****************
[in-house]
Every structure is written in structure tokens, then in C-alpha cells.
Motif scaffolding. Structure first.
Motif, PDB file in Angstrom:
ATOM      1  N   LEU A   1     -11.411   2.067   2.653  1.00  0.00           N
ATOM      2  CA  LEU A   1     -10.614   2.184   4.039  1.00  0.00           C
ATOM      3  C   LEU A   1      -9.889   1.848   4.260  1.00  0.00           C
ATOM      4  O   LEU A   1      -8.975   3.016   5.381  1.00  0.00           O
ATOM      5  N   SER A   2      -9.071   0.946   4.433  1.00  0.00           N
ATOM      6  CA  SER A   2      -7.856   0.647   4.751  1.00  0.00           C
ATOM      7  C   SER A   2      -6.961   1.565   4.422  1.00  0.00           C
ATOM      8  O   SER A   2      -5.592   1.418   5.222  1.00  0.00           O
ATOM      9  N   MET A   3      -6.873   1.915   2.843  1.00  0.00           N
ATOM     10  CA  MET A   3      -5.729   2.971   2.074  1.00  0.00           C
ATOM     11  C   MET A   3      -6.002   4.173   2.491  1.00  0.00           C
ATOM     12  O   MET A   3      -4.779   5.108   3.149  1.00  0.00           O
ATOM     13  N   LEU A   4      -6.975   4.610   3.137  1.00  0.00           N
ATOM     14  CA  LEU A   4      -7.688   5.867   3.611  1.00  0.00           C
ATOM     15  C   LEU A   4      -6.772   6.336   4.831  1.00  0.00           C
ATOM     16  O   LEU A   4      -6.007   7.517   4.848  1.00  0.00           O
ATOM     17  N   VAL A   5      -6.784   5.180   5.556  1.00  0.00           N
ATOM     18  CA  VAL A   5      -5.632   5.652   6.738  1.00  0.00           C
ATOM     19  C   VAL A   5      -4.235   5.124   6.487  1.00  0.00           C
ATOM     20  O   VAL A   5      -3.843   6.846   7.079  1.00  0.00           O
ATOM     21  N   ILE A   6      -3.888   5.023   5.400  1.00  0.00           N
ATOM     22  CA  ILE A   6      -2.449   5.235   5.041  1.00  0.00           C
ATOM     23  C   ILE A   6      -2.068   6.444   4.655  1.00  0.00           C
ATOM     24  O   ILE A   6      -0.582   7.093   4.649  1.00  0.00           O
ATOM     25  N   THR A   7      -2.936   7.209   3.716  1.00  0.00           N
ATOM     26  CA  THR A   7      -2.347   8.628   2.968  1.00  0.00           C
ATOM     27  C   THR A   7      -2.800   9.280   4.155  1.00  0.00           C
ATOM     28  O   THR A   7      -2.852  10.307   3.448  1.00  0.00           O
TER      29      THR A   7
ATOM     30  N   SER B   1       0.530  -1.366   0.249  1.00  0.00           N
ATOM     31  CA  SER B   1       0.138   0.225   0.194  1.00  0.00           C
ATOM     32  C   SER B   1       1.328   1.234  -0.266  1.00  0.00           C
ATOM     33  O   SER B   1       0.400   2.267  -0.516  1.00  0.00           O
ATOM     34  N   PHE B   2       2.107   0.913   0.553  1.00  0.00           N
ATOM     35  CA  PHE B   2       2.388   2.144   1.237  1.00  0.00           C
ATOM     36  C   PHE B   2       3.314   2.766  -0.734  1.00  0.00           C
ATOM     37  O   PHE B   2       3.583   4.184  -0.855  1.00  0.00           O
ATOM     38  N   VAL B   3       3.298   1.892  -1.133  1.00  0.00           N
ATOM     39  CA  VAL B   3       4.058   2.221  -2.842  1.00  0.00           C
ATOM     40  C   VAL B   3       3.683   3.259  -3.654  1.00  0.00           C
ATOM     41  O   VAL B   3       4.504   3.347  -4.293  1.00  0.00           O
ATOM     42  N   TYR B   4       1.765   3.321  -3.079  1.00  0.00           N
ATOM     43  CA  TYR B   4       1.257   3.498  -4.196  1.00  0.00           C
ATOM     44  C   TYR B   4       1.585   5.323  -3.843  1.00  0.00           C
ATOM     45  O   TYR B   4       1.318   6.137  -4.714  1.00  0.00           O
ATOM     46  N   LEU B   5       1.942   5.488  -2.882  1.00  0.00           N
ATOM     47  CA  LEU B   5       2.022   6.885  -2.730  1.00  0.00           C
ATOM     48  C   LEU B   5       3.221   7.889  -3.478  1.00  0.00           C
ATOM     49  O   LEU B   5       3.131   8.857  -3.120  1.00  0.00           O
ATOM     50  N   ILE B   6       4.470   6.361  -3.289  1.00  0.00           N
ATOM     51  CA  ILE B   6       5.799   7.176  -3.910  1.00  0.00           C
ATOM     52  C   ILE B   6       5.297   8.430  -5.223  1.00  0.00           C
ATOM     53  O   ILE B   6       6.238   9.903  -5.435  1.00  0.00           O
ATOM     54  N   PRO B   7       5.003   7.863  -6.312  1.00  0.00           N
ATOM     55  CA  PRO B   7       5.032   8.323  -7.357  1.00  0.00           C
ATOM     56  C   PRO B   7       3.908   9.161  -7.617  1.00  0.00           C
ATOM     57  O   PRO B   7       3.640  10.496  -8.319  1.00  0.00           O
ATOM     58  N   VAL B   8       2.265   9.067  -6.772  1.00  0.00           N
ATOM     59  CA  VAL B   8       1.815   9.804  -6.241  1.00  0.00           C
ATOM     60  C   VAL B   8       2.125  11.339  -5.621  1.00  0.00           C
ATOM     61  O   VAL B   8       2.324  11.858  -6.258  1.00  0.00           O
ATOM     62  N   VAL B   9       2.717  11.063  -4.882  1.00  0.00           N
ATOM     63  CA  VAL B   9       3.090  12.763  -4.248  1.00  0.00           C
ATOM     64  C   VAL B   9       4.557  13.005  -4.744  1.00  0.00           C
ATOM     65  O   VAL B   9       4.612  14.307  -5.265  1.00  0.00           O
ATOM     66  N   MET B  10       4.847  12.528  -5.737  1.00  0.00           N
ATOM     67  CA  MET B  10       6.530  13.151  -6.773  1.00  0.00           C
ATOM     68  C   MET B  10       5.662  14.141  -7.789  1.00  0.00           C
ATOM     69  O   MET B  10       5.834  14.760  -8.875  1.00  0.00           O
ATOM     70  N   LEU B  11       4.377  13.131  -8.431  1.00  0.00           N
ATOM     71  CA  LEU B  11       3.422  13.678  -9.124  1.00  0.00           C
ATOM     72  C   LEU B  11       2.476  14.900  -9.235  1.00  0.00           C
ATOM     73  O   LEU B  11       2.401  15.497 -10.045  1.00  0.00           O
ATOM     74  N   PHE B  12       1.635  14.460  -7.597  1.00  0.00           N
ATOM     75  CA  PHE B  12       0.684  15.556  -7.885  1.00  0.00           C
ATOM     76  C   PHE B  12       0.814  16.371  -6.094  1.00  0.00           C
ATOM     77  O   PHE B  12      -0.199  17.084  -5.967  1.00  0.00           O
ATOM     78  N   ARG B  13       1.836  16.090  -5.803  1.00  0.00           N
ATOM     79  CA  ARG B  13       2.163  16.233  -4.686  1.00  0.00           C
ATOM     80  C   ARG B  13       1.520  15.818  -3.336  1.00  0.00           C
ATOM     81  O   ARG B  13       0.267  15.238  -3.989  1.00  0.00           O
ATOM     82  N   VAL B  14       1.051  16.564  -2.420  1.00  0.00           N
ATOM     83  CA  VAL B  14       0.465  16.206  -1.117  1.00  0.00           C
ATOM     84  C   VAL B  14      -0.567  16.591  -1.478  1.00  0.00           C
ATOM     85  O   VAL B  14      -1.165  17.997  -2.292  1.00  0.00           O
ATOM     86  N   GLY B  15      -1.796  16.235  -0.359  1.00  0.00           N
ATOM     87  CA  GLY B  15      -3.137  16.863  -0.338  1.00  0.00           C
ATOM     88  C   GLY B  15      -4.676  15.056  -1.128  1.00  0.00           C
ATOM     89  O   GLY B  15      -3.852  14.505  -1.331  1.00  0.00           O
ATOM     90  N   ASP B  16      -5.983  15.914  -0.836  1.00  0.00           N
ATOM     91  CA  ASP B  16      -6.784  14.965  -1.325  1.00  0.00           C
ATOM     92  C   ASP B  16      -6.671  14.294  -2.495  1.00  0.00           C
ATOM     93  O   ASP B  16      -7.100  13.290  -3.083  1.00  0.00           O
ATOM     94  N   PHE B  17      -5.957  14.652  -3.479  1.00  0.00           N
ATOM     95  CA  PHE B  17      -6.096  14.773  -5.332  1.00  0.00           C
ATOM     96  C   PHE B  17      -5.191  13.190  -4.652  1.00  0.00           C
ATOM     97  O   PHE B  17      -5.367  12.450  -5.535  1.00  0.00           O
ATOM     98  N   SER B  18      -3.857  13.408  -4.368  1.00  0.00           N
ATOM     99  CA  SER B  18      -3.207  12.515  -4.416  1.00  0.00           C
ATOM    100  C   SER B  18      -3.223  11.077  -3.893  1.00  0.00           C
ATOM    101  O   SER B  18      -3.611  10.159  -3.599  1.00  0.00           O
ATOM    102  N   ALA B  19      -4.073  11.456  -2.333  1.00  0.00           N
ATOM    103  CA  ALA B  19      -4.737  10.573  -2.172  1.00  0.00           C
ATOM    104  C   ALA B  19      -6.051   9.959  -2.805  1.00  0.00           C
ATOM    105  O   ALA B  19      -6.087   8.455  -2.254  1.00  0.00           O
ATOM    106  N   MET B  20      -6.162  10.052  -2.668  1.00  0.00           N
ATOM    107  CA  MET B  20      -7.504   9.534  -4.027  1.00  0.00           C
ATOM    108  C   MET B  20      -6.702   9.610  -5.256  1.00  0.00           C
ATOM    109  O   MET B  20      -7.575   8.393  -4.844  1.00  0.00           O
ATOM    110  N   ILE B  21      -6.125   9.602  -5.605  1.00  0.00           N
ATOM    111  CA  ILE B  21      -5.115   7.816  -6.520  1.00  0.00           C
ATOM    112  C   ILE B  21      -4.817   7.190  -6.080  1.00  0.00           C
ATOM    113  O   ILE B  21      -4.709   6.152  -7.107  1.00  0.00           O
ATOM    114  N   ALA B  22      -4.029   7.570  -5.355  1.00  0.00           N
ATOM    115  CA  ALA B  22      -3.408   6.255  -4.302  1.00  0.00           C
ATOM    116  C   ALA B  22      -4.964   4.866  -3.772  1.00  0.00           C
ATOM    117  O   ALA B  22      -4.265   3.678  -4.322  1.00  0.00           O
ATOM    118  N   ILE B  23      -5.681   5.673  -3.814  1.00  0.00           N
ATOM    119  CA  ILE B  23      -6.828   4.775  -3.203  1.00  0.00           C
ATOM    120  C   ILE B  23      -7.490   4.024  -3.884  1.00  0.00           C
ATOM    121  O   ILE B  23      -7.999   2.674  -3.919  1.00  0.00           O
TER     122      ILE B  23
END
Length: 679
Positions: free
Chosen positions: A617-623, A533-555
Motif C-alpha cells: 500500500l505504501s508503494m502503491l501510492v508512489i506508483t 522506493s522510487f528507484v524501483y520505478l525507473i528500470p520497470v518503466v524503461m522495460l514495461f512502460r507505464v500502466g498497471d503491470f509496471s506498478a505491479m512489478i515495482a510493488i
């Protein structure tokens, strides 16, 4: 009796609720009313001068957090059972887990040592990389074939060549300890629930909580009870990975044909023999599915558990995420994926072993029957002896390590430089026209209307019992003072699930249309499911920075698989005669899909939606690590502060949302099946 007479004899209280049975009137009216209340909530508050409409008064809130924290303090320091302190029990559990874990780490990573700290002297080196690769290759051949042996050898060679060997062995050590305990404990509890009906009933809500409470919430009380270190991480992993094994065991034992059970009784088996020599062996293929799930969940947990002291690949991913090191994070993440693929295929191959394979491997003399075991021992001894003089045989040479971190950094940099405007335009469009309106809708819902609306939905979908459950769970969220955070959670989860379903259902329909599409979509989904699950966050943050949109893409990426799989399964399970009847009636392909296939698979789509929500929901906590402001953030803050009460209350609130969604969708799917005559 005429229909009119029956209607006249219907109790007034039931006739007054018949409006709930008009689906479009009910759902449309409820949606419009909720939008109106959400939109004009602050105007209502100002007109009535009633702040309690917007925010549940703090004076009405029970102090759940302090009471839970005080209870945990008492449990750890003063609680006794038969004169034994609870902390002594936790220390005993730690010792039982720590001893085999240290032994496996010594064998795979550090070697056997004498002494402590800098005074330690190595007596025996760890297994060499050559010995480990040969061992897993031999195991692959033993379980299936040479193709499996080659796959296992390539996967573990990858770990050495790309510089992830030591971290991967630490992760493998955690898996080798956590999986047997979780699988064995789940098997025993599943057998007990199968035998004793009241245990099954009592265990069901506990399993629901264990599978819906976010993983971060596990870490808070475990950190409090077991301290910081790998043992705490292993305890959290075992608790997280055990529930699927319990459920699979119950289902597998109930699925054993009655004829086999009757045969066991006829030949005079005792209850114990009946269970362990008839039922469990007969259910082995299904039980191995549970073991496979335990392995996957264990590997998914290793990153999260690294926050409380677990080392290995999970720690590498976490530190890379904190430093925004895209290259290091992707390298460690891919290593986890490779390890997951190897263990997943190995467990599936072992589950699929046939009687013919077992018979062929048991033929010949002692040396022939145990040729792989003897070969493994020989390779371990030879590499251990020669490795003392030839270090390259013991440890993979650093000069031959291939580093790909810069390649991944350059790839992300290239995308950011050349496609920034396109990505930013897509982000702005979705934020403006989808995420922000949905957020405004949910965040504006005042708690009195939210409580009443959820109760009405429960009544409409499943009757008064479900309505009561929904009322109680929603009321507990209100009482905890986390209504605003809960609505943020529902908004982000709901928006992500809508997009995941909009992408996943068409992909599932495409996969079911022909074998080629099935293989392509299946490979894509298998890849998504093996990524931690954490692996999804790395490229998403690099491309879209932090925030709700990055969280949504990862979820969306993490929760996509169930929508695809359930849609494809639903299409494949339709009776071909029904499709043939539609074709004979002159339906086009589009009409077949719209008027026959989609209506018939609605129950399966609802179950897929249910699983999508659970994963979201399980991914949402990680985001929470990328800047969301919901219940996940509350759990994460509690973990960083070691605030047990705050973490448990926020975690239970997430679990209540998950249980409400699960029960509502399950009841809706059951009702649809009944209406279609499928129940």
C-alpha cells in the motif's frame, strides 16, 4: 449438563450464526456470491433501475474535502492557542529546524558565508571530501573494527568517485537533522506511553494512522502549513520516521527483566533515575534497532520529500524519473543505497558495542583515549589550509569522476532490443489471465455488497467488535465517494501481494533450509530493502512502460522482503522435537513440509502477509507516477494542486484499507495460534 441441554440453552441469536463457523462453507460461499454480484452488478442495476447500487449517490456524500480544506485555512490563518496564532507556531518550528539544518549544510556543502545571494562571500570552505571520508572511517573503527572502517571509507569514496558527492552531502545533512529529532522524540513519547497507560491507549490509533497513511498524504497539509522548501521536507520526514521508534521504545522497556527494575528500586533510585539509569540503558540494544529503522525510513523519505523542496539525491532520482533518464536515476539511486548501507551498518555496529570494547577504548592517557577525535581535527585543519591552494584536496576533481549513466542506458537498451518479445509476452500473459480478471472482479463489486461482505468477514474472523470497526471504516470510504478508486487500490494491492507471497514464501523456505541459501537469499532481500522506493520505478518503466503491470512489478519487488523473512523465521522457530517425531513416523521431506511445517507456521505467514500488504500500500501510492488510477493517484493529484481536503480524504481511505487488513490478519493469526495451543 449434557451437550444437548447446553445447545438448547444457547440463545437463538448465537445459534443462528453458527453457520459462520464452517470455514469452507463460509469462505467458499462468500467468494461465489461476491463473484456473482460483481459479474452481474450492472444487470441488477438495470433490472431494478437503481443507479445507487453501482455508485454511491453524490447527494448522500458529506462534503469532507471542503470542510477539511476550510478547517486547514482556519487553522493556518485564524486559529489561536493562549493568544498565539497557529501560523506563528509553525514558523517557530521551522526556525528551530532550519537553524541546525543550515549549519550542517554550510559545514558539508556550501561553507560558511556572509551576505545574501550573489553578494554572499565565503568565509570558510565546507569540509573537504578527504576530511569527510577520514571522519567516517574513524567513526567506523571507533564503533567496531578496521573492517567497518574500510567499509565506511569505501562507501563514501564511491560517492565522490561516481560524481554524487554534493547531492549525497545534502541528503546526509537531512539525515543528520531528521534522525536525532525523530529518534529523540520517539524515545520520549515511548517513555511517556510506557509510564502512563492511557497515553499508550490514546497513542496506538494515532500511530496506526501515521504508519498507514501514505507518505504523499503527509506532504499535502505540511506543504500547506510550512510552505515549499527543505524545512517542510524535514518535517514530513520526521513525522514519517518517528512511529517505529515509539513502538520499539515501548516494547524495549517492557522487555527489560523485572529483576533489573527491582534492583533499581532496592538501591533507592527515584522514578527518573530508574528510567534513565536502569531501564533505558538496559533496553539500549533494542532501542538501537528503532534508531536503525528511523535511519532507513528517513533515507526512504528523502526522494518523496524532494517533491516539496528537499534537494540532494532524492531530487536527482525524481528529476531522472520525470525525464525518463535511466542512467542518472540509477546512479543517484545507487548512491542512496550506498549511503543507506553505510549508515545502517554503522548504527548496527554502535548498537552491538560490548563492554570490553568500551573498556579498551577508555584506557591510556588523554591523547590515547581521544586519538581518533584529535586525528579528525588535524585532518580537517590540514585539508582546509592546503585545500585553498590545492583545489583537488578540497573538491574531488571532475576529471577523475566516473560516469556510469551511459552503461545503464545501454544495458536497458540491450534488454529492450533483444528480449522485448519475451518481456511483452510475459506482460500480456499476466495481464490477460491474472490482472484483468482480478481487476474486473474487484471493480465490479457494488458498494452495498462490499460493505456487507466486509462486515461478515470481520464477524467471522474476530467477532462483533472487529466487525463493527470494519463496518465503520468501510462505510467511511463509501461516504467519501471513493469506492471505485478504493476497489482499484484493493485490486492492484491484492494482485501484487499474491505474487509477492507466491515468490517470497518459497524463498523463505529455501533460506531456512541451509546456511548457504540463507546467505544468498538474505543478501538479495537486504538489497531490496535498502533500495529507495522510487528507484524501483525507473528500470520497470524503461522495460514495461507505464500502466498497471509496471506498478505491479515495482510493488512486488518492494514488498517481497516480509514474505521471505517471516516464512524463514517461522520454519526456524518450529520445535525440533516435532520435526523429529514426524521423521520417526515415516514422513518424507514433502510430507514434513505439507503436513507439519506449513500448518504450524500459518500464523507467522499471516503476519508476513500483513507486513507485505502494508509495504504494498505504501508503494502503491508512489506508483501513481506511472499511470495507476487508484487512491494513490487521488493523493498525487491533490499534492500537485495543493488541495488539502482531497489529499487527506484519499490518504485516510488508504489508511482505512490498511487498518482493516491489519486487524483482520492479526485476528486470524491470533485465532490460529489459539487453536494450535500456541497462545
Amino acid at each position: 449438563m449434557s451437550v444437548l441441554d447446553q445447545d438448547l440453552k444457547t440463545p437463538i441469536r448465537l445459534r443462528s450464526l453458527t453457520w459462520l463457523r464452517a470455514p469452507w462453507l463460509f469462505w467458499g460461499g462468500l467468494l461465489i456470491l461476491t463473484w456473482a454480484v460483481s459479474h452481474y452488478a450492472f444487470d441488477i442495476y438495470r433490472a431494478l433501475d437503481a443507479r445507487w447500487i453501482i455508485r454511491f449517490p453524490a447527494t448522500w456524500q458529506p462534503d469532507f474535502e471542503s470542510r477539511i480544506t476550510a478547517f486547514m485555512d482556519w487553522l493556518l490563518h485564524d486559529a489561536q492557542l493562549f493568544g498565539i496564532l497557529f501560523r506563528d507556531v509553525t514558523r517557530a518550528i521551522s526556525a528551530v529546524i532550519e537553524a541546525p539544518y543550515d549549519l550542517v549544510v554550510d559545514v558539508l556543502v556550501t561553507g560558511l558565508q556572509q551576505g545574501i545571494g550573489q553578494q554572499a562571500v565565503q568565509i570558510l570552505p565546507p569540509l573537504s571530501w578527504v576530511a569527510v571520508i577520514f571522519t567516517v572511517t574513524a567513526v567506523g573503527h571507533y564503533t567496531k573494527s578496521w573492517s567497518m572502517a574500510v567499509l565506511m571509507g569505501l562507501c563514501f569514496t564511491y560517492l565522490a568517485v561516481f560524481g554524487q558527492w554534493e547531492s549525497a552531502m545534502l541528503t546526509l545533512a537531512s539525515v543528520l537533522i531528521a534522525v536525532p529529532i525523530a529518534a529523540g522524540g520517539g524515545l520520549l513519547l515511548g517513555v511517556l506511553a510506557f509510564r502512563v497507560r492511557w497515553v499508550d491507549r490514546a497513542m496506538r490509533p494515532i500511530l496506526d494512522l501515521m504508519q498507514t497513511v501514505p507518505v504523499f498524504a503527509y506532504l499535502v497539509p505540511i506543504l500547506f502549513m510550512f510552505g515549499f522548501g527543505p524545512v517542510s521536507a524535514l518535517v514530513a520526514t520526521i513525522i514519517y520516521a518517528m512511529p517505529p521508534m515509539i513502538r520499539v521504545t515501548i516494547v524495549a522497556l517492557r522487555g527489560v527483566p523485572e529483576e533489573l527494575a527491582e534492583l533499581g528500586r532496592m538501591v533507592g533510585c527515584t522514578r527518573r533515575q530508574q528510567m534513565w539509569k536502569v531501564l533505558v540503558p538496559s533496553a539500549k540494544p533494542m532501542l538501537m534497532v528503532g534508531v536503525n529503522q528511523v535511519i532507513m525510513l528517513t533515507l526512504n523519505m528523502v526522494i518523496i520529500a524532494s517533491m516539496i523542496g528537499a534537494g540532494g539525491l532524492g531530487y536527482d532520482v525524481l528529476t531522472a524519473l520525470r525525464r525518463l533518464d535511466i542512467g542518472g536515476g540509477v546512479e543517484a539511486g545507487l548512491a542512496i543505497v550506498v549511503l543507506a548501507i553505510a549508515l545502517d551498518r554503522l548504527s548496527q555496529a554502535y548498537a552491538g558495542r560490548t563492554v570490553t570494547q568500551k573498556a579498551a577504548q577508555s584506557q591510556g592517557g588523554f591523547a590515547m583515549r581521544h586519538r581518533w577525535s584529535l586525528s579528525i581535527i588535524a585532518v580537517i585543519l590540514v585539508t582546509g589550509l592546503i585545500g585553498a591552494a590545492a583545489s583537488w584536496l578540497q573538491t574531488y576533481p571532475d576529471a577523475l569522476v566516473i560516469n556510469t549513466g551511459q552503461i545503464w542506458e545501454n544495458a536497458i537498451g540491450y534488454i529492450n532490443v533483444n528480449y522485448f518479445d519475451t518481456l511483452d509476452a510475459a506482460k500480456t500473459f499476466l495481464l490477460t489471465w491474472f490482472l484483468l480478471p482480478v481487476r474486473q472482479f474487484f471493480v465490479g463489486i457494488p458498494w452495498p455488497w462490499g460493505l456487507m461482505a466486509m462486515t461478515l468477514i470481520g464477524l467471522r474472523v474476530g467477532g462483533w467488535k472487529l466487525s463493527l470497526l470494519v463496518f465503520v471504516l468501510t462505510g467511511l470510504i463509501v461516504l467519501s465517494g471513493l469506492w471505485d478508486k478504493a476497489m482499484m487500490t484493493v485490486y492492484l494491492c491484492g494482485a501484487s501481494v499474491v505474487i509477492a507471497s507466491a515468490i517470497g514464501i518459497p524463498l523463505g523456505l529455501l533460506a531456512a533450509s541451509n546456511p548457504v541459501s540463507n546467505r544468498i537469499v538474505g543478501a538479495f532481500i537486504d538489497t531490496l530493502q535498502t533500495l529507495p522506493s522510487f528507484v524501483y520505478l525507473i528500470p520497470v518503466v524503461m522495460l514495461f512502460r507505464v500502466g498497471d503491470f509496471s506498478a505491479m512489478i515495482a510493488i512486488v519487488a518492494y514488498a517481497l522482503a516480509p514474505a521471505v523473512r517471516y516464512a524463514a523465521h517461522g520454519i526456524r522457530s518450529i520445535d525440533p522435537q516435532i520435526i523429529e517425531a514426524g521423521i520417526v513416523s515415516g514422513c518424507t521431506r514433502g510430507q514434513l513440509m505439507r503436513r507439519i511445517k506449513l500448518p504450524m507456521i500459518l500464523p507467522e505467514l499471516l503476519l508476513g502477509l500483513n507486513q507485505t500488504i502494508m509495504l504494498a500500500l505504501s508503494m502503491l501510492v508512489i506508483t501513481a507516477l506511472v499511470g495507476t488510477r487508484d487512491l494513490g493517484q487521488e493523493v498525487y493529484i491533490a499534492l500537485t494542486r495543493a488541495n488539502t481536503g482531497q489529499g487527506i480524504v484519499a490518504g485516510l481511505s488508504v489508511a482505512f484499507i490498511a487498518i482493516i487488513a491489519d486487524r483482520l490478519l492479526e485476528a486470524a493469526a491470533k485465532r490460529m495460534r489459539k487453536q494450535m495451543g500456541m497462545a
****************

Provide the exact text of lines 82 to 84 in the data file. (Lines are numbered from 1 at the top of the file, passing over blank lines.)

ATOM     78  N   ARG B  13       1.836  16.090  -5.803  1.00  0.00           N
ATOM     79  CA  ARG B  13       2.163  16.233  -4.686  1.00  0.00           C
ATOM     80  C   ARG B  13       1.520  15.818  -3.336  1.00  0.00           C